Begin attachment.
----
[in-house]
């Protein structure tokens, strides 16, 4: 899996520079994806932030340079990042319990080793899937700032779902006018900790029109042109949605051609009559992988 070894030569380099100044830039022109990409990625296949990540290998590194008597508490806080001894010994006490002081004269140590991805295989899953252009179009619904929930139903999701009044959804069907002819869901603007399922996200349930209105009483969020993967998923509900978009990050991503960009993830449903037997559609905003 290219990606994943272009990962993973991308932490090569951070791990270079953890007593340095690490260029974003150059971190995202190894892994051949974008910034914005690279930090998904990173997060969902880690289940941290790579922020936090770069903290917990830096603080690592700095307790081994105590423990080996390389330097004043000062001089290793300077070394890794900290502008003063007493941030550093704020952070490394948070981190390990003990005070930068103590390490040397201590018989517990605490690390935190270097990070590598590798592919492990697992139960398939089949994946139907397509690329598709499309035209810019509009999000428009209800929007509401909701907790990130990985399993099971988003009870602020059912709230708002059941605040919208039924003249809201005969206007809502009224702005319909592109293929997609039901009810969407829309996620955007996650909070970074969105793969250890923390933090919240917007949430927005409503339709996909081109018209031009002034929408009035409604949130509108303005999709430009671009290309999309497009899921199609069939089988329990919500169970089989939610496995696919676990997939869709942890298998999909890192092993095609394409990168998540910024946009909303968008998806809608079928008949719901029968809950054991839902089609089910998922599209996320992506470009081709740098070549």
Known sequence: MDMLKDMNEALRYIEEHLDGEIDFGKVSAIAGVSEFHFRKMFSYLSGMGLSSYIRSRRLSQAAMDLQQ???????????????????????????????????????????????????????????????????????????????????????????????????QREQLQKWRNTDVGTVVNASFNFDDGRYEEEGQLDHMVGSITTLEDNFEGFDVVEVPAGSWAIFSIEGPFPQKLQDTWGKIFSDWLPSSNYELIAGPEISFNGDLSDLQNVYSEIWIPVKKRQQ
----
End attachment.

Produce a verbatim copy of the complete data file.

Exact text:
[in-house]
């Protein structure tokens, strides 16, 4: 899996520079994806932030340079990042319990080793899937700032779902006018900790029109042109949605051609009559992988 070894030569380099100044830039022109990409990625296949990540290998590194008597508490806080001894010994006490002081004269140590991805295989899953252009179009619904929930139903999701009044959804069907002819869901603007399922996200349930209105009483969020993967998923509900978009990050991503960009993830449903037997559609905003 290219990606994943272009990962993973991308932490090569951070791990270079953890007593340095690490260029974003150059971190995202190894892994051949974008910034914005690279930090998904990173997060969902880690289940941290790579922020936090770069903290917990830096603080690592700095307790081994105590423990080996390389330097004043000062001089290793300077070394890794900290502008003063007493941030550093704020952070490394948070981190390990003990005070930068103590390490040397201590018989517990605490690390935190270097990070590598590798592919492990697992139960398939089949994946139907397509690329598709499309035209810019509009999000428009209800929007509401909701907790990130990985399993099971988003009870602020059912709230708002059941605040919208039924003249809201005969206007809502009224702005319909592109293929997609039901009810969407829309996620955007996650909070970074969105793969250890923390933090919240917007949430927005409503339709996909081109018209031009002034929408009035409604949130509108303005999709430009671009290309999309497009899921199609069939089988329990919500169970089989939610496995696919676990997939869709942890298998999909890192092993095609394409990168998540910024946009909303968008998806809608079928008949719901029968809950054991839902089609089910998922599209996320992506470009081709740098070549």
Known sequence: MDMLKDMNEALRYIEEHLDGEIDFGKVSAIAGVSEFHFRKMFSYLSGMGLSSYIRSRRLSQAAMDLQQ???????????????????????????????????????????????????????????????????????????????????????????????????QREQLQKWRNTDVGTVVNASFNFDDGRYEEEGQLDHMVGSITTLEDNFEGFDVVEVPAGSWAIFSIEGPFPQKLQDTWGKIFSDWLPSSNYELIAGPEISFNGDLSDLQNVYSEIWIPVKKRQQ